Who counts as American Indian on the US Census? The short answer: Indians get to have themselves counted as Indians. Since the 2000 census, when the Census bureau’s policy first allowed individuals to choose multiple racial categories on their responses, there has been an increase in the number of US residents identifying themselves as American Indians, along with checking other racial/ethnic boxes on the census form.
Just to be clear up front, the Bureau of Indian Affairs (BIA) used to admit that they do not have a relationship with all individuals or communities who might identify as Indian. Claiming Indian identity will not, by itself, make one a federally-recognized Indian. This article is about those us who live both inside and/or outside the jurisdiction of the BIA.
As of today (August 17, 2022) the US census website says it won’t release the detailed 2020 Indian results until 2023, leaving us with the 2010 census results to analyze.
In 2010, the census recorded 5, 220, 579 people who were American Indian “alone of in combination” with other races. As for those who checked both Indian and Black; 269,421 checked the boxes for Indian and Black; and 230, 848 checked the boxes for Indian, Black and White. Because many folks who identify as Black will also admit to having partial White ancestry (though not the reverse), I am counting the Indian-Black-White individuals as “Black”. This is also the thinking of the Census bureau, which included that category and figures when tabulating the Black population.
Back to the raw data. Black/Indian and Black/Indian/White added together total 500, 269, or half a million “Black Indians.” Those half-million “Black Indians” make up 1.1905% of the 42 million Black people recorded. That is not a statistically large portion of Black Americans who are also American Indian.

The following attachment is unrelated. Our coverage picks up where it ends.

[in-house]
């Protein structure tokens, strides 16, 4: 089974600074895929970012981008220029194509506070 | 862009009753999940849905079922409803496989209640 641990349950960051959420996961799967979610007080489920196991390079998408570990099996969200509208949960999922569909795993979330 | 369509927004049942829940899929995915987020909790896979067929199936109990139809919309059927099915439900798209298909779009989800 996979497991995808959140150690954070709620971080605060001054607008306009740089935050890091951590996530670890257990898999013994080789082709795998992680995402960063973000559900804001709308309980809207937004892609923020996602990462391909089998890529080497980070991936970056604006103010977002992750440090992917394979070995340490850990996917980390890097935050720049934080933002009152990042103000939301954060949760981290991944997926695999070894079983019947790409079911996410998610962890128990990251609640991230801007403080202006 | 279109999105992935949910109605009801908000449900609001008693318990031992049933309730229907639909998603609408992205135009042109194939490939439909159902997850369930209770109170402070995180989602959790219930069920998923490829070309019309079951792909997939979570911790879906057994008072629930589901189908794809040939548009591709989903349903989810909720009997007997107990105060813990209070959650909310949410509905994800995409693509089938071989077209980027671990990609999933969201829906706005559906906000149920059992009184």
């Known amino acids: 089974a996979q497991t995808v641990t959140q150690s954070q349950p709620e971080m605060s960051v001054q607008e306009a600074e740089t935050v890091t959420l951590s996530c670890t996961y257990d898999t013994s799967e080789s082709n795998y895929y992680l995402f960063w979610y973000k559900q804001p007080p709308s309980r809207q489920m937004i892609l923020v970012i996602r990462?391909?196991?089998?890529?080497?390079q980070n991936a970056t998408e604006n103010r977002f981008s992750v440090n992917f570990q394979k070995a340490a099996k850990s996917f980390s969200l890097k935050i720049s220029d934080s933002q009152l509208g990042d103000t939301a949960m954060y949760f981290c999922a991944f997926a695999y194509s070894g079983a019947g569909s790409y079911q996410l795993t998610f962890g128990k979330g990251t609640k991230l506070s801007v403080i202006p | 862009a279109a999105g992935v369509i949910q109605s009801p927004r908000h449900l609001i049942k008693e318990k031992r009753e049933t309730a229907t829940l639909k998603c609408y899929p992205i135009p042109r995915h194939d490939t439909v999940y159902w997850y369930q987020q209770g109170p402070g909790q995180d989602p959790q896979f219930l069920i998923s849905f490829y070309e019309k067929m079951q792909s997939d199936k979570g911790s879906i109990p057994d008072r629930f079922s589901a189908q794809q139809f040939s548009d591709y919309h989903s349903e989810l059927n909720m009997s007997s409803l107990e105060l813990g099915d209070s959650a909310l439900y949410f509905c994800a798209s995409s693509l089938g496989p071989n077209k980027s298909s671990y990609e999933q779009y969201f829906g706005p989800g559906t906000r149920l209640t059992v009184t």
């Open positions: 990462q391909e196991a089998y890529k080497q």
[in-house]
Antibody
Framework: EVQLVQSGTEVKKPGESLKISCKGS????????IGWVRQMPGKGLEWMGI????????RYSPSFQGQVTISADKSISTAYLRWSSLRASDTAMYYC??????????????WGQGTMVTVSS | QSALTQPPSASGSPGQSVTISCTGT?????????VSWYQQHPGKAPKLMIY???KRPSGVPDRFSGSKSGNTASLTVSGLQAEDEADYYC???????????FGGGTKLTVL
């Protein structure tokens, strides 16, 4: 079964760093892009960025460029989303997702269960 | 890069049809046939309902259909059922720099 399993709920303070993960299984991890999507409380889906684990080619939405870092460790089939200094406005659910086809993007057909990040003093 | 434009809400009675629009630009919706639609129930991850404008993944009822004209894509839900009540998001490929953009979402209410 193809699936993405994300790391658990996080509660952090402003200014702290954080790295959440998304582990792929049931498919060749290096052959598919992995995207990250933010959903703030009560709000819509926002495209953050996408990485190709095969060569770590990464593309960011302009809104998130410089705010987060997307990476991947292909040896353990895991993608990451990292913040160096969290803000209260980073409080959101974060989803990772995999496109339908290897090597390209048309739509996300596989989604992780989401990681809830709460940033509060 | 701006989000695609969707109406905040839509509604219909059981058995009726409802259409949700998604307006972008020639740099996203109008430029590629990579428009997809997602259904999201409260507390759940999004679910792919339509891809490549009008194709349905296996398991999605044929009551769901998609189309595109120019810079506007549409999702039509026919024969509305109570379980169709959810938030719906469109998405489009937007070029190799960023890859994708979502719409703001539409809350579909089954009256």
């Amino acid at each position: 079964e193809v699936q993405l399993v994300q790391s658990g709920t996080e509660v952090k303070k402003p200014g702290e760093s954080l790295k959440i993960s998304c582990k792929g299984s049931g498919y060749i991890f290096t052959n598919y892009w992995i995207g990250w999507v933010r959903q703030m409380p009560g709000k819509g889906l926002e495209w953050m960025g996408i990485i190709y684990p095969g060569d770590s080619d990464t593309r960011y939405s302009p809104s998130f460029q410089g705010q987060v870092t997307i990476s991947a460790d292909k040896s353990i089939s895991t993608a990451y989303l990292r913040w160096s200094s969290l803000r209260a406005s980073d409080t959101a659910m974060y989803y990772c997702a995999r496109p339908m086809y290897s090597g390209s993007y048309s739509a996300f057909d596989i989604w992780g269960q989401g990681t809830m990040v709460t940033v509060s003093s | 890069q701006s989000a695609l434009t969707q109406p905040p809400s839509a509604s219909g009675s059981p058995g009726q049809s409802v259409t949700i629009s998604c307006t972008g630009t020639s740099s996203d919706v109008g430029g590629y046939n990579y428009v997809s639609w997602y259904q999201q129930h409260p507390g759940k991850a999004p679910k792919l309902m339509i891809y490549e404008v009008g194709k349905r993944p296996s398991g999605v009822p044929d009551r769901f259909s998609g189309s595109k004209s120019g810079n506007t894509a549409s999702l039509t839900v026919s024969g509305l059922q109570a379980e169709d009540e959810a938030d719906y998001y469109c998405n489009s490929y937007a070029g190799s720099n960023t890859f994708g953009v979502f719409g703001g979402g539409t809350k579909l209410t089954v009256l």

Yet those half-million Black Indians make up 9.582% of the total American Indian population of 5, 220, 579, or almost one-in-ten Indians. In other words, folks who identify as partly Black represent a much higher proportion of Indians than they do of Black Americans.
Put another way, one-in-ten American Indians also acknowledge some Black ancestry.
In 2010, I promptly filled out the census form and returned it by mail. I got a “call back” from the bureau. I suspect they doubted I was “really” an American Indian. The guy on the phone asked for my Indian tribe, and those for my wife and children. I told him my own Indian ancestral nation, that of my wife and those of my children, who were, of course, a combination of mine and my wife’s. The call ended.
To this day, I don’t know if my family and I are counted in the Indian or Black numbers on the 2010 census, or both, as I had stated twice (in writing and by phone) to the US Census Bureau.
As a side note, despite the Bureau calling me back to clarify my tribal origins, the 2010 Census did not require a high degree of specificity in that regard. On the Census Enumerator Questionnaire (Chapter 5, Figure 5-2, published July 10, 2009), a respondent may record themselves as “White”, “American Indian or Alaska Native” and write their principal tribe as “Spanish American Indian.”
Now “Spanish American Indian” is not a very specific origin, mush less than the three US-based Indian tribes I designated for my household. Why not be more specific and list tribes such as Nahuatl, Maya, Otomi, MixtecTaino, Garifuna, etc, actual existing Indigenous cultures in Latin America? This reinforces my contention that the Census Bureau might actually be trying to “enlarge” the number of acknowledged-Indians by loosening the definition of who gets to identify as Indian.
To return to the original question, who counts as an American Indian? Those of us who stand up to be counted.
“ACS Race/Ethnicity American Indian and Alaska Native”, January 2022, www.census.gov
“American Indian and Alaska Native Population: 2010”issued January 2012, www.census.gov
“Census Enumerator Questionnaire, July 10, 2009” www.census.gov